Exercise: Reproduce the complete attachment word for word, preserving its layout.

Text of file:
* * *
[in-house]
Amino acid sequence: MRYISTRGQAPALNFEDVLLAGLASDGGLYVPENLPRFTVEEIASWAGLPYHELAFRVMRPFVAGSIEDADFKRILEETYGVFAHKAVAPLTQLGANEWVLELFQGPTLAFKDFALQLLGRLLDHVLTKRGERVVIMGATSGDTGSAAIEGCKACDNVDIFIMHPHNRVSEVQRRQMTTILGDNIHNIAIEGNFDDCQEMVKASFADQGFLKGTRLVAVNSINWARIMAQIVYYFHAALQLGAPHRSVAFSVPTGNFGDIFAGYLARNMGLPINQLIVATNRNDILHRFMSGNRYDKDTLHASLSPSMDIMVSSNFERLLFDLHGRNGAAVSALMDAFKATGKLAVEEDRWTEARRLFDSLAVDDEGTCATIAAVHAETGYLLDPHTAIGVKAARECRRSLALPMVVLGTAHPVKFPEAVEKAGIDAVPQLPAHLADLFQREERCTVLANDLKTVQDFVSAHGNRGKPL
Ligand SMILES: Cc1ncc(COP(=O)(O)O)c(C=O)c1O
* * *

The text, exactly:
[in-house]
Amino acid sequence: MRYISTRGQAPALNFEDVLLAGLASDGGLYVPENLPRFTVEEIASWAGLPYHELAFRVMRPFVAGSIEDADFKRILEETYGVFAHKAVAPLTQLGANEWVLELFQGPTLAFKDFALQLLGRLLDHVLTKRGERVVIMGATSGDTGSAAIEGCKACDNVDIFIMHPHNRVSEVQRRQMTTILGDNIHNIAIEGNFDDCQEMVKASFADQGFLKGTRLVAVNSINWARIMAQIVYYFHAALQLGAPHRSVAFSVPTGNFGDIFAGYLARNMGLPINQLIVATNRNDILHRFMSGNRYDKDTLHASLSPSMDIMVSSNFERLLFDLHGRNGAAVSALMDAFKATGKLAVEEDRWTEARRLFDSLAVDDEGTCATIAAVHAETGYLLDPHTAIGVKAARECRRSLALPMVVLGTAHPVKFPEAVEKAGIDAVPQLPAHLADLFQREERCTVLANDLKTVQDFVSAHGNRGKPL
Ligand SMILES: Cc1ncc(COP(=O)(O)O)c(C=O)c1O